Covid-19: Serbian Orthodox Patriarch Irinej dies

Serbian patriarch Irinej during the funeral service of Metropolitan Amfilohije Radovic on November 1, 2020

image copyrightGetty Images

Serbia’s leading religious figure, Patriarch Irinej, has died after contracting coronavirus.

The 90-year-old head of the Serbian Orthodox Church had led a large public funeral in early November for the most senior cleric in neighbouring Montenegro who also died of Covid-19.

“I was honoured to know you. People like you never depart,” President Aleksandar Vucic said on Instagram.

Patriarch Irinej was a conservative who also wielded major political influence.

He was put on a ventilator in a military hospital after his condition deteriorated on Thursday, two weeks after he was first admitted to hospital. His death was announced on Friday.

The patriarch had criticised the Serbian government’s facilitation of gay pride events, condemning homosexuality as “a deviation of human nature”, BBC Balkans correspondent Guy Delauney reports. He was also bitterly opposed to Kosovo’s unilaterally declared independence in 2008.

Patriarch Irinej was admitted to hospital on 4 November, three days after he officiated at the funeral of the Church’s most senior cleric in Montenegro, 82-year-old Metropolitan Bishop Amfilohije Radovic.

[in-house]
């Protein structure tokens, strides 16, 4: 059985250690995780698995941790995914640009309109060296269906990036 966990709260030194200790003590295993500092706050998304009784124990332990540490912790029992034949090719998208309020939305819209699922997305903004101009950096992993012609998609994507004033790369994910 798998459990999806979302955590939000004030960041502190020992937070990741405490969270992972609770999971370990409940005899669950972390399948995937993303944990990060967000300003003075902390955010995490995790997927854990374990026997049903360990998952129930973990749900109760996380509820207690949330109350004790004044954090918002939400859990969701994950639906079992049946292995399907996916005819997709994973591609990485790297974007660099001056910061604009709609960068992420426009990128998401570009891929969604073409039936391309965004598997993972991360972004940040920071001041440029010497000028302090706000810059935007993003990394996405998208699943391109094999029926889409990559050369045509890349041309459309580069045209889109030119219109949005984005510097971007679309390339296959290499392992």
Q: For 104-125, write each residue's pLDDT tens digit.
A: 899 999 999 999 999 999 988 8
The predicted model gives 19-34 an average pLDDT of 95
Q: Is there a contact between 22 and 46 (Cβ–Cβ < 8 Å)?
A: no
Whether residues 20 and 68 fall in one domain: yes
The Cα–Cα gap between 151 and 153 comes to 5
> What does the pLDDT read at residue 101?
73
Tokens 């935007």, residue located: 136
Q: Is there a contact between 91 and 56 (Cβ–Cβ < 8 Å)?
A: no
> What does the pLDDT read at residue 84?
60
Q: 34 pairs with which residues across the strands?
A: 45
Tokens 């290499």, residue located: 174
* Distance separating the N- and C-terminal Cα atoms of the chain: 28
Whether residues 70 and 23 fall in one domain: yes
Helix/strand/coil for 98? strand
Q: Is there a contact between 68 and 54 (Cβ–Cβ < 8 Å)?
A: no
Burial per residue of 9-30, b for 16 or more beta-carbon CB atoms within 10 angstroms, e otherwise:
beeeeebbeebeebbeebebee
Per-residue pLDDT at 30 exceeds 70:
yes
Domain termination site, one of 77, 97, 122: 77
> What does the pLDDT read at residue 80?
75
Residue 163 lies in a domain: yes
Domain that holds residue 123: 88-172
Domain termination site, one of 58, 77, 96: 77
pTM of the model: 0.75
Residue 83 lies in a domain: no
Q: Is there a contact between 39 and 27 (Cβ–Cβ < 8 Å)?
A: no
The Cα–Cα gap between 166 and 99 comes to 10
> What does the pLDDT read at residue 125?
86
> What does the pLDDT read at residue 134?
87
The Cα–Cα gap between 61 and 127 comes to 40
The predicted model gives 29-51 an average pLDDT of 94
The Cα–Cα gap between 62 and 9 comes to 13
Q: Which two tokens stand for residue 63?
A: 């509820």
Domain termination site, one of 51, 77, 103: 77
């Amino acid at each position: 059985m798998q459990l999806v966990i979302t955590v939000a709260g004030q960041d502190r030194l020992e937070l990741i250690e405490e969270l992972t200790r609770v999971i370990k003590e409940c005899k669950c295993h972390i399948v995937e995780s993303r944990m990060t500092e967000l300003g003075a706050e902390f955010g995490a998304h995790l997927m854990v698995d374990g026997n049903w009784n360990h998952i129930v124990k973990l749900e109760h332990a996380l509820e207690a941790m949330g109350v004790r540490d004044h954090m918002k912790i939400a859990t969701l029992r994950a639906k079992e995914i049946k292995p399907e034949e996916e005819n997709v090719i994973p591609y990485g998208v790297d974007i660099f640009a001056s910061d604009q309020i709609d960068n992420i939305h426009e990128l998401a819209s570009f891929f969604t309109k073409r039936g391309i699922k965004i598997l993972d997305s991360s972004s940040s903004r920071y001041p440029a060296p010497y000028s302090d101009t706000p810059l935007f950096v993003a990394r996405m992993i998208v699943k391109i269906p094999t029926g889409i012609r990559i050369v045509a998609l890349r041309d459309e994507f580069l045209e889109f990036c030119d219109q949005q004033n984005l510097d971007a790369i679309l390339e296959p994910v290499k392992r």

Thousands of mourners had gathered at the event without masks or maintaining social distancing. Many of those present kissed the bishop’s body as it lay in an open casket. Bishop Amfilohije had himself defied Covid regulations on public gatherings in Montenegro.

His public funeral went ahead amid a major spike in coronavirus cases in Montenegro and Serbia, and despite a warning from the authorities that the ceremony posed a risk to public health.

More than 104,000 people have tested positive and 1,110 have died in Serbia since the pandemic began.

Church figures in South-Eastern Europe have struggled to respond to the pandemic. Earlier this week, a funeral was held in Greece for a senior cleric who insisted on maintaining communion ceremonies, claiming there was no risk of infection.

The death of Metropolitan Bishop Ioannis of Lagadas, 62, came amid a spike in infection in Northern Greece.

The head of the Greek Orthodox Church has himself been admitted to hospital with mild coronavirus symptoms. Archbishop Ieronymos, 82, has publicly supported the Greek government’s lockdown measures.

However, the Church’s Holy Synod has rejected criticism of communion, which involves bread soaked in wine being handed out from the same chalice.

Read Previous

Automotive Secondary Wiring Harness Market Research Report by Vehicle, by Electric Vehicle, by Application – Global Forecast to 2025 – Cumulative Impact of COVID-19

Read Next

EU: G20 summit marks a new start for global cooperation